I think that’s why Batman has such eternal appeal, it’s the same guys that keep coming into his life and disrupting his world and he deals with them as best he can. However, because of his strict moral compass, killing them isn’t an option.
Can we as designers kill characters off? The option is there as a tool we can use to heighten the sense of threat, but I don’t want to say too much about Joker…
IG: From what you’re saying, the story is as essential as any other of the game’s many elements. Is there going to be a time when the story in these games is held in the same regard as those of the Batman comics and movies?
DG: I really hope so. We set out to create a classic Batman story; you can see the amount of work we put into the characterisation. Story sits at the heart of our development and we’re very proud of the contribution we’ve made to Batman’s world.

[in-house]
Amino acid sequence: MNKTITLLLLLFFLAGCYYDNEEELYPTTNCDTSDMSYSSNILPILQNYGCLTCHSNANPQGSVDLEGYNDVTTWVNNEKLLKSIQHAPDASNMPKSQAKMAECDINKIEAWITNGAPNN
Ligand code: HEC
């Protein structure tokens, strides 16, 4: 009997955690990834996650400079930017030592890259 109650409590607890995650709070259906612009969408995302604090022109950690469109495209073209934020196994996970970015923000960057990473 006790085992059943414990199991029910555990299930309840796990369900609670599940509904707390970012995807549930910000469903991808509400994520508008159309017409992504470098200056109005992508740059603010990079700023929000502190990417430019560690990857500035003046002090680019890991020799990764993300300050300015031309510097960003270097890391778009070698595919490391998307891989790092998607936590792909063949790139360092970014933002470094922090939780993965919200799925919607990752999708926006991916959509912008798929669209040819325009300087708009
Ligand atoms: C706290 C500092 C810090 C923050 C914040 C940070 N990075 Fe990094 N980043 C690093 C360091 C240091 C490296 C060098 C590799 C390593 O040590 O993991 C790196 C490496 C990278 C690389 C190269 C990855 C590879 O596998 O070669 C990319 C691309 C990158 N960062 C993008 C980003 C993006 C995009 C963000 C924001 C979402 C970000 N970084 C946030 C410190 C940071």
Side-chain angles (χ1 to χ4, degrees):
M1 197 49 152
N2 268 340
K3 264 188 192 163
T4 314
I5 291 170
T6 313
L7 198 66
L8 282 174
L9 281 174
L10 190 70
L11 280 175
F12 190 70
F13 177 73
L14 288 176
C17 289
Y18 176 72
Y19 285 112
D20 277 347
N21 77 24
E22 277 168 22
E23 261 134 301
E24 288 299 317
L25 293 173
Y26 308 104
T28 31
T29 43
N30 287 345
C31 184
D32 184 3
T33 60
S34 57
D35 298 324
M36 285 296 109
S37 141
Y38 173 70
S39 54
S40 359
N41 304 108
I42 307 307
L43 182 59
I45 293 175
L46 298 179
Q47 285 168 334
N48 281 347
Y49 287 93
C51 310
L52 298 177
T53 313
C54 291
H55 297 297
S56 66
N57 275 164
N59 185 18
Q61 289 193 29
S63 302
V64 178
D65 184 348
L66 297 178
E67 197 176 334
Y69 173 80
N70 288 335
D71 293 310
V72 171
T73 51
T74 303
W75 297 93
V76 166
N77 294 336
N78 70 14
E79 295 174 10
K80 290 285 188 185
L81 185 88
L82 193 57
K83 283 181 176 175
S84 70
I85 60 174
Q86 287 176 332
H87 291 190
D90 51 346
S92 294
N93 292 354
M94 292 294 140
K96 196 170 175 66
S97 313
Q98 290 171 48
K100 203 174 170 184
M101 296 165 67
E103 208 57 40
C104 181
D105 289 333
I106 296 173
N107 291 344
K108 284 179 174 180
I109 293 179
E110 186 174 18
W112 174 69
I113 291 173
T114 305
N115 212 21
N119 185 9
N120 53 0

I think the movies and comics do an exceptional job and they’re such a massive source of inspiration for us, we just feel blessed to be able to make a contribution. Will a day come when the games are as important as the other Batman mediums? I think they’re moving in that direction, the anticipation for this game has really taken us all by surprise.
IG: Personally, the most memorable sections of the first game were those involving Scarecrow. How do you match the level of impact of those moments?
DG: And that’s the thing, you can’t just do the same thing again. I’d love to give you a straight answer as to how we’ve gone about matching that but I can’t, you’ll have to wait and find out in three weeks when the game’s released.
IncGamers: Batman and Catwoman are playable in the campaign, and Robin joins them in the challenge maps. Is that all of the characters? No surprises like Arkham Asylum’s PS3-exclusive Joker?
DG: Yes, those are the only characters. The Joker exclusive thing was strictly Arkham Asylum only.